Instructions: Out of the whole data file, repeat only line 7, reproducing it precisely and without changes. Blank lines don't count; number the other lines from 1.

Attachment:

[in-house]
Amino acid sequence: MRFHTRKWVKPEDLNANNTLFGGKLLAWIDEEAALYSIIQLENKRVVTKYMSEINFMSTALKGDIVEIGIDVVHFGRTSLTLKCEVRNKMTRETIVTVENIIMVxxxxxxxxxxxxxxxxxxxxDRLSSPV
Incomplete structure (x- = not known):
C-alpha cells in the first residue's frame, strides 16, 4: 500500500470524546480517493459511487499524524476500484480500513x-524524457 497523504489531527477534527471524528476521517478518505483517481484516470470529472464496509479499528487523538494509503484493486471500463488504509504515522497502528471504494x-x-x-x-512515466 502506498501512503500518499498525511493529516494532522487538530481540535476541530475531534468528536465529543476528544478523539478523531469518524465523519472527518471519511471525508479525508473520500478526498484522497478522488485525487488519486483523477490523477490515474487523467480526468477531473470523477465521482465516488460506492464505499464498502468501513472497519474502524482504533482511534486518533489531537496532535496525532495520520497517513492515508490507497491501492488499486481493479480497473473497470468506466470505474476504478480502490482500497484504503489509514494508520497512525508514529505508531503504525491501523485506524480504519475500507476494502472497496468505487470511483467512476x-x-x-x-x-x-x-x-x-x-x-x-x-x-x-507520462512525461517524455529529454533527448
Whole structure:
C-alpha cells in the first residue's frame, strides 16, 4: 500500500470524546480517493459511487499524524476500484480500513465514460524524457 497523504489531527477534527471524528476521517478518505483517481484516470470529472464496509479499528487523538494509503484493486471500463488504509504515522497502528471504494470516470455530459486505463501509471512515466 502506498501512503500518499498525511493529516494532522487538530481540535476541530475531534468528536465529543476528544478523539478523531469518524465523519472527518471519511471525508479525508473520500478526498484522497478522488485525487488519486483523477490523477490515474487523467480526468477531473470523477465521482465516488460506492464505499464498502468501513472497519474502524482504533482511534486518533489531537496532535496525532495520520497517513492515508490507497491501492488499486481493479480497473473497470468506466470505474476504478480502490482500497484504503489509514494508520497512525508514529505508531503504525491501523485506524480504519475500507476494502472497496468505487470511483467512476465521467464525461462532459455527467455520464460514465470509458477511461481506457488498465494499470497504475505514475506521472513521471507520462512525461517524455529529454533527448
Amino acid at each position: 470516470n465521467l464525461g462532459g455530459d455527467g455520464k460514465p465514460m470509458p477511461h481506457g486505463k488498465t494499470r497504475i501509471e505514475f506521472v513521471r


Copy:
Amino acid at each position: 470516470n465521467l464525461g462532459g455530459d455527467g455520464k460514465p465514460m470509458p477511461h481506457g486505463k488498465t494499470r497504475i501509471e505514475f506521472v513521471r